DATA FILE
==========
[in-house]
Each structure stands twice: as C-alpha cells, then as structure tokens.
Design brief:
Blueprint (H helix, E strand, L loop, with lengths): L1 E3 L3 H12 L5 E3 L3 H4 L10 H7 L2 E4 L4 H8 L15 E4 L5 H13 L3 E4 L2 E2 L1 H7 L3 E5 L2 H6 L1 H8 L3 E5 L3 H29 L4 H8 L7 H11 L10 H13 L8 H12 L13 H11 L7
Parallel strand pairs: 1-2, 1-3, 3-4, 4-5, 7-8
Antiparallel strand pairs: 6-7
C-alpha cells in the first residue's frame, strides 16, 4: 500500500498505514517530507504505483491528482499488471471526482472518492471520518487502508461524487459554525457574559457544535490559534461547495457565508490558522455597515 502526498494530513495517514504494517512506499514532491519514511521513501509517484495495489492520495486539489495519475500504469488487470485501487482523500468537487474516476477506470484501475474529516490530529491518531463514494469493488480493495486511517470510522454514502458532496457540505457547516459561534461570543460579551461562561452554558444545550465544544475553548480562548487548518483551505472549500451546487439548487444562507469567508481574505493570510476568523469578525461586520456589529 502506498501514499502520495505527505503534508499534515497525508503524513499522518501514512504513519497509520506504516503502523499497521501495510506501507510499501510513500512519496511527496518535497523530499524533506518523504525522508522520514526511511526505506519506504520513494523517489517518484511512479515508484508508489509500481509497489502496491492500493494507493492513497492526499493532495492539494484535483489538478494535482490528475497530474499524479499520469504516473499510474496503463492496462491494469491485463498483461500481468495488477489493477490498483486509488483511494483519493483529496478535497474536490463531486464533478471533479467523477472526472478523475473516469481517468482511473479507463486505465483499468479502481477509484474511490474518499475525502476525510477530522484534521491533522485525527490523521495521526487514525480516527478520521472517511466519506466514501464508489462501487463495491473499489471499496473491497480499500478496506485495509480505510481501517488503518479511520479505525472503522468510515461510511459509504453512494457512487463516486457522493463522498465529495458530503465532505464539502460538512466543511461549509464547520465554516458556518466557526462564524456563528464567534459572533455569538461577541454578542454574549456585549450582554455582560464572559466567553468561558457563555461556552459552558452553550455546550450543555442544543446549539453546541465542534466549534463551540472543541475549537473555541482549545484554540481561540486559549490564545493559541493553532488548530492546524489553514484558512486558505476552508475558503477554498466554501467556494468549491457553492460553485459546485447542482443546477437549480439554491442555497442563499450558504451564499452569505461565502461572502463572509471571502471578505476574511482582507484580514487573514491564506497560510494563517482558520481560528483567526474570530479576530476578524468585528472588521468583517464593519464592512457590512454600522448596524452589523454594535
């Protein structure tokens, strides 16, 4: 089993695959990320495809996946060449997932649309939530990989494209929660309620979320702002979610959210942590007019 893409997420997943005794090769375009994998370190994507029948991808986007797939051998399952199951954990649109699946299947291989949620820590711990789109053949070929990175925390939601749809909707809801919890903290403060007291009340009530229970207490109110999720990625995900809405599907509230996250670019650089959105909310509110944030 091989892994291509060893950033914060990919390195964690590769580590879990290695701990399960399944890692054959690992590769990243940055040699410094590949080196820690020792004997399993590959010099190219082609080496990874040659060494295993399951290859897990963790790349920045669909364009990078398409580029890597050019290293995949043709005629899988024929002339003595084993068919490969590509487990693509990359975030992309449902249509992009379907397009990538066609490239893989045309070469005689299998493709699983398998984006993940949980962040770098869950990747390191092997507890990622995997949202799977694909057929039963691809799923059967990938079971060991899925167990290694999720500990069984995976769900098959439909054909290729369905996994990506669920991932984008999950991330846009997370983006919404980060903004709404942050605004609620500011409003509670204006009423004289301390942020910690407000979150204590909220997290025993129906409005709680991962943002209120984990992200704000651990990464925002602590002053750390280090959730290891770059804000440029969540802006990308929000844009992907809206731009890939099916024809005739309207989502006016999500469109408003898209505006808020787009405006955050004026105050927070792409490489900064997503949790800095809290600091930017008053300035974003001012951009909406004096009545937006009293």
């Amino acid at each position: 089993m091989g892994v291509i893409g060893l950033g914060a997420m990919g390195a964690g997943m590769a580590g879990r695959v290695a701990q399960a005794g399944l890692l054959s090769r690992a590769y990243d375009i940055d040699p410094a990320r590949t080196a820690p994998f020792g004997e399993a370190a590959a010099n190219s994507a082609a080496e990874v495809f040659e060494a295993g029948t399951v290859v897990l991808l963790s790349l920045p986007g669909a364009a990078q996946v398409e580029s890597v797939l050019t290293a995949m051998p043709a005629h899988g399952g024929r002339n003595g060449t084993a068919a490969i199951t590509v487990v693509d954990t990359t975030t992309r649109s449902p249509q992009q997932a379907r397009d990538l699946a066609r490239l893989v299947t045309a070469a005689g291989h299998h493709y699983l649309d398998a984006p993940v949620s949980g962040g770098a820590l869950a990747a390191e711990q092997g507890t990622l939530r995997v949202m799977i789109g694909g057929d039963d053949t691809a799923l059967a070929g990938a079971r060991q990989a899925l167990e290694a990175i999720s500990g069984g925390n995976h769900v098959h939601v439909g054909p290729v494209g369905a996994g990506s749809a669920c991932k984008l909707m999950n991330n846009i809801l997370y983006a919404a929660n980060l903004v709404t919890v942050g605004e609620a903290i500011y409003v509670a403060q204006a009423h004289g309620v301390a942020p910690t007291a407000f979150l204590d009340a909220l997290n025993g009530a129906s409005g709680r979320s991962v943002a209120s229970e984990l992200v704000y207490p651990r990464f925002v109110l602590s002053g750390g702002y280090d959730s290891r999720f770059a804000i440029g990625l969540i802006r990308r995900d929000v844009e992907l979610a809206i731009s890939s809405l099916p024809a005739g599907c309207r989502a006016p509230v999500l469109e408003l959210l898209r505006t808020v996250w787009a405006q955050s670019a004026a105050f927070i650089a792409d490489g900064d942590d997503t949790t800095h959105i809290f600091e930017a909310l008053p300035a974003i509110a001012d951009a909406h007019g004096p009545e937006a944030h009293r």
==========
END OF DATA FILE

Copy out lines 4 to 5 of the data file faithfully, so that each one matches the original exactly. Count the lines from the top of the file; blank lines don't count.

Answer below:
Blueprint (H helix, E strand, L loop, with lengths): L1 E3 L3 H12 L5 E3 L3 H4 L10 H7 L2 E4 L4 H8 L15 E4 L5 H13 L3 E4 L2 E2 L1 H7 L3 E5 L2 H6 L1 H8 L3 E5 L3 H29 L4 H8 L7 H11 L10 H13 L8 H12 L13 H11 L7
Parallel strand pairs: 1-2, 1-3, 3-4, 4-5, 7-8